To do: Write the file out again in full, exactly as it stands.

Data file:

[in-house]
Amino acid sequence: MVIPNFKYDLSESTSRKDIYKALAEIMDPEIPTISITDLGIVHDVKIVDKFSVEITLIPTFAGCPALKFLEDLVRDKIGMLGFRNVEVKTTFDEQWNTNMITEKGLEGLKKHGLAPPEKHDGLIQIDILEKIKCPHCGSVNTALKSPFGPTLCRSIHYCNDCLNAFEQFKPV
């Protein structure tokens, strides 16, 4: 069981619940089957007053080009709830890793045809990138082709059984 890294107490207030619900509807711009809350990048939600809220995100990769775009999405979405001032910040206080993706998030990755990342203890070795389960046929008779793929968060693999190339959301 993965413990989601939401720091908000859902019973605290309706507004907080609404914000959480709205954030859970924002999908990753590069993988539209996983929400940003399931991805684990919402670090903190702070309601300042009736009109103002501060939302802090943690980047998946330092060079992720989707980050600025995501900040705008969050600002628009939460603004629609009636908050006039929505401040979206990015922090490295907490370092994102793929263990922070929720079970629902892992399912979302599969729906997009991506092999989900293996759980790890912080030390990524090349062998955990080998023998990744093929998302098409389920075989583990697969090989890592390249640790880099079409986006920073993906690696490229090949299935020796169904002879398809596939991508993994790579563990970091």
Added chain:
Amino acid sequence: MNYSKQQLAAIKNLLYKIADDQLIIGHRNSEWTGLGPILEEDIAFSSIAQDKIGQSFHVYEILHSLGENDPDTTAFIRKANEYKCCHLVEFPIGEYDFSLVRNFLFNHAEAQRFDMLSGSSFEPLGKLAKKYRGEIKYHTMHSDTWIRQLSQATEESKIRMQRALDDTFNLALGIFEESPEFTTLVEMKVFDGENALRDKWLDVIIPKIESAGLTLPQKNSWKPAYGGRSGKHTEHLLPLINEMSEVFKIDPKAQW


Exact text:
[in-house]
Amino acid sequence: MVIPNFKYDLSESTSRKDIYKALAEIMDPEIPTISITDLGIVHDVKIVDKFSVEITLIPTFAGCPALKFLEDLVRDKIGMLGFRNVEVKTTFDEQWNTNMITEKGLEGLKKHGLAPPEKHDGLIQIDILEKIKCPHCGSVNTALKSPFGPTLCRSIHYCNDCLNAFEQFKPV
């Protein structure tokens, strides 16, 4: 069981619940089957007053080009709830890793045809990138082709059984 890294107490207030619900509807711009809350990048939600809220995100990769775009999405979405001032910040206080993706998030990755990342203890070795389960046929008779793929968060693999190339959301 993965413990989601939401720091908000859902019973605290309706507004907080609404914000959480709205954030859970924002999908990753590069993988539209996983929400940003399931991805684990919402670090903190702070309601300042009736009109103002501060939302802090943690980047998946330092060079992720989707980050600025995501900040705008969050600002628009939460603004629609009636908050006039929505401040979206990015922090490295907490370092994102793929263990922070929720079970629902892992399912979302599969729906997009991506092999989900293996759980790890912080030390990524090349062998955990080998023998990744093929998302098409389920075989583990697969090989890592390249640790880099079409986006920073993906690696490229090949299935020796169904002879398809596939991508993994790579563990970091």
Added chain:
Amino acid sequence: MNYSKQQLAAIKNLLYKIADDQLIIGHRNSEWTGLGPILEEDIAFSSIAQDKIGQSFHVYEILHSLGENDPDTTAFIRKANEYKCCHLVEFPIGEYDFSLVRNFLFNHAEAQRFDMLSGSSFEPLGKLAKKYRGEIKYHTMHSDTWIRQLSQATEESKIRMQRALDDTFNLALGIFEESPEFTTLVEMKVFDGENALRDKWLDVIIPKIESAGLTLPQKNSWKPAYGGRSGKHTEHLLPLINEMSEVFKIDPKAQW